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The Story of the Easter Robin Hardcover – February 14, 2010
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Two stories fold into one as this contemporary tale reaches back to the first Easter. Tressa is worried about the robin’s eggs outside her window. And even though Gran tells her to trust the one who watches robins and sparrows, Tressa knows everything from weather to raccoons could mean trouble. To get her mind off the eggs outside, Gran brings Tressa inside to make Easter eggs the Pennsylvania Dutch way: blowing out the insides, dyeing them, and fashioning paper into wings, heads, and tails for the egg bodies. It is while they are working that Gran tells Tressa a story. At the time of the Crucifixion, it was the small brown robin that pulled a thorn from Jesus’ crown to spare him pain; the blood from the wound gave the bird its red breast. The next day, the baby robins have hatched, and Tressa knows whom to thank for their safety. Drawing from Pennsylvania Dutch tradition, this warm story incorporates intergenerational affection, religious faith, and the appeal of legends. Sturdy artwork brings all the elements together. Preschool-Grade 2. --Ilene Cooper
Drawing from Pennsylvania Dutch tradition, this warm story incorporates intergenerational affection, religious faith, and the appeal of legends. Sturdy artwork brings all the elements together. (Ilene Cooper, Booklist)
“A textured alternative to fluffier Easter fare.” (Publisher’s Weekly, February 2010)
Top customer reviews
I have younger children and this book seemed on the edge of what I was comfortable with. I am all for the Easter story being told in it's full (gory) detail, but it also needs to be appropriate to the age of the reader. This seems targeted at children, and was so beautiful it caught me off-guard when (paraphrasing here) blood dripped from Jesus onto the Robin and stained his feathers (and that's why the Robin has a red chest).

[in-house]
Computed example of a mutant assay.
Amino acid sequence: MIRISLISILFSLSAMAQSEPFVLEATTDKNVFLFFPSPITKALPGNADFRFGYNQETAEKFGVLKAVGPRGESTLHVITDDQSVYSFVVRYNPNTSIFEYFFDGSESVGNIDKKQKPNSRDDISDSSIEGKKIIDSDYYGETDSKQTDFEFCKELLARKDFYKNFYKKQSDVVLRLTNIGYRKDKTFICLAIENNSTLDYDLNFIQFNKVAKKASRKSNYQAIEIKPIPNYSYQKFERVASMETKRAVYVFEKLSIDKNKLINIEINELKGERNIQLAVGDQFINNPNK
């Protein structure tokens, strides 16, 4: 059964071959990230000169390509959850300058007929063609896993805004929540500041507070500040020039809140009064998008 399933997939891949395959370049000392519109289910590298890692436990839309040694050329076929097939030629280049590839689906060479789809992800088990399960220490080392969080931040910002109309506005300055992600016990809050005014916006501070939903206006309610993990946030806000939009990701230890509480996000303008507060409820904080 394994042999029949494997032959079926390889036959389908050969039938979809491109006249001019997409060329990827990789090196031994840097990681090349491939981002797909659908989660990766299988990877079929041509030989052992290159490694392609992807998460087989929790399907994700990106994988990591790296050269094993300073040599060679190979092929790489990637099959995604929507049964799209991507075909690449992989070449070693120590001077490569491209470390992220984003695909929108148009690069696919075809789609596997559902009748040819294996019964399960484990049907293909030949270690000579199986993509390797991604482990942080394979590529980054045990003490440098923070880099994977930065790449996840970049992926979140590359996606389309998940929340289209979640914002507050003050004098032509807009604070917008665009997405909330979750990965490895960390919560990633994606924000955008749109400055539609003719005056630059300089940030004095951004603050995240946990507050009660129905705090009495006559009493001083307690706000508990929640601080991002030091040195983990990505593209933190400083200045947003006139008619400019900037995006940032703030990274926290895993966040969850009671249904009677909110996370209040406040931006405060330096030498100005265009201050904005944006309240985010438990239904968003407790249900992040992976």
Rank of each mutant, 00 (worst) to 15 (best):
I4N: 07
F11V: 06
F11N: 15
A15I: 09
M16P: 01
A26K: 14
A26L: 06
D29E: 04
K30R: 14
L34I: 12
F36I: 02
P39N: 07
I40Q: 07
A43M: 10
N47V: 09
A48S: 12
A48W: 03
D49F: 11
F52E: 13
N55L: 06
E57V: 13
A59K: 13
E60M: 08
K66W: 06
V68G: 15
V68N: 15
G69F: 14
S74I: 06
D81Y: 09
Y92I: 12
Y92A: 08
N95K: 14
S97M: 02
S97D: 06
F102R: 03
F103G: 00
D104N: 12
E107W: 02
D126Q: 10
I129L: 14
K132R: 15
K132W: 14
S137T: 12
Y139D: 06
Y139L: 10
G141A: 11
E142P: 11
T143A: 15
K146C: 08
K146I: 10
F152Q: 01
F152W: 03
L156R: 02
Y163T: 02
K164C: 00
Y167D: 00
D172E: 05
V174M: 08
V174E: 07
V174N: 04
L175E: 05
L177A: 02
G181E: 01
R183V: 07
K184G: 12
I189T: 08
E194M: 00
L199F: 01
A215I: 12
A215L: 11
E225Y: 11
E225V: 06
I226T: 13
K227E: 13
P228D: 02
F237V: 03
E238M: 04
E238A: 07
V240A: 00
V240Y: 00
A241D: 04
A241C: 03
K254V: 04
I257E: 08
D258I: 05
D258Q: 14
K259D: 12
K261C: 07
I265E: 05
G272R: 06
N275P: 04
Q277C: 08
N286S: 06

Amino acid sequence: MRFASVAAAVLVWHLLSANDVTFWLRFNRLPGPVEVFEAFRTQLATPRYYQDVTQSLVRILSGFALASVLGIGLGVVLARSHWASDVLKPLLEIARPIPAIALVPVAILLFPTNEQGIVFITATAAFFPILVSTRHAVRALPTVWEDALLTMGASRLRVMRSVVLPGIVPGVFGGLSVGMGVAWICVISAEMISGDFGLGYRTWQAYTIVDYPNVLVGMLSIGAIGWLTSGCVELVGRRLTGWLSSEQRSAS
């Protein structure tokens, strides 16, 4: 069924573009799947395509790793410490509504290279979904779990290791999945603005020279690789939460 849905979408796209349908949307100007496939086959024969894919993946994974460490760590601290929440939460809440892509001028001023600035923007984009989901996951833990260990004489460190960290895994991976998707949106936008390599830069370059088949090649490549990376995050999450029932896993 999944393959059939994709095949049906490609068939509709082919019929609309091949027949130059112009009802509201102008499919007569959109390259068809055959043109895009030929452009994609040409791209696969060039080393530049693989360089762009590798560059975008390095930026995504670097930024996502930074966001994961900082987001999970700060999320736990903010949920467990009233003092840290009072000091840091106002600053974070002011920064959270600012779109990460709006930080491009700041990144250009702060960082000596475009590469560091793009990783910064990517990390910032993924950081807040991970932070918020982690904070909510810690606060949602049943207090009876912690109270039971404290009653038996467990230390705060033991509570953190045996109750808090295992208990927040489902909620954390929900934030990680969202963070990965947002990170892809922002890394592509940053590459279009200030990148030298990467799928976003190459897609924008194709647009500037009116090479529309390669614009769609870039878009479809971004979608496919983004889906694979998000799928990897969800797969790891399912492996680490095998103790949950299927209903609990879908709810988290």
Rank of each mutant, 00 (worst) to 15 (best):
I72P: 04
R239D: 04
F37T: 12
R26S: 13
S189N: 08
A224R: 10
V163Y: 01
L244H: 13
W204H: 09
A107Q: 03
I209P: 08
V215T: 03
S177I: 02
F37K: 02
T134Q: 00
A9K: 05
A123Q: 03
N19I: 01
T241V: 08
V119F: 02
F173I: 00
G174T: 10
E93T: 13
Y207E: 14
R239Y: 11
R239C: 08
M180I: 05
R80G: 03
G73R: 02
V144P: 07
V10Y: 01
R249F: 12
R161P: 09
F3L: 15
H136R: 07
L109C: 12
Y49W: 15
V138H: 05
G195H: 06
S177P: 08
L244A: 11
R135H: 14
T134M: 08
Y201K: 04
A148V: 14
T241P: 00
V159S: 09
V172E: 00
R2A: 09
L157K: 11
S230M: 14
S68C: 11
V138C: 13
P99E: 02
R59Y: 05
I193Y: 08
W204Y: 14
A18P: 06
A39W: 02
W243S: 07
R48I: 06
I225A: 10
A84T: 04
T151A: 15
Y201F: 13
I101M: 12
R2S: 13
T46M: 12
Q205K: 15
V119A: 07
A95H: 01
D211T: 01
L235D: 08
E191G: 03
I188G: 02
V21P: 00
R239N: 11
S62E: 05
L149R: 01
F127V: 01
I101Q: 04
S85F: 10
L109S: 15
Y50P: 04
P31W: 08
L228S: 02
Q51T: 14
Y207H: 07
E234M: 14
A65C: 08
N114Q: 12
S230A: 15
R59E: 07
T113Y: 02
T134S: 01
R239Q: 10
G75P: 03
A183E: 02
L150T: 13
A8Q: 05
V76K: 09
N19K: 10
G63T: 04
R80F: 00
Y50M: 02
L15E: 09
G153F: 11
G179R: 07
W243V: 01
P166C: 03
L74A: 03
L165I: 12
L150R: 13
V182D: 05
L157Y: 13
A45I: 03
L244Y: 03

I understand the stories that are generational and how they are more about tradition than accuracy, but it seems like including the details about the bird, somehow cheapens the story a bit. I felt like when my children asked if it really happened I had to clarify, and explain yes to the crucifixion, but no to the bird.
It is a good story, and I will continue to read it to my kids year to year, but I don't anticipate it becoming a family favorite that we can't wait to get out.
This is a fable of a robin removing the thorn "dug into His head". "A drop of Jesus' blood fell onto the robin's breast, staining it red from that day to this." As a Christian, mixing facts with fictional fable is not my choice in teaching about the historical life and sacrifice of Jesus. Many may love this book. I respect those positive reviews. I would have selected something else if given a more complete synopsis.
The bird parents faithfully protecting those eggs to where the baby birds were hatched also depicted new life!
Most recent customer reviews
Very insightful and thought provoking.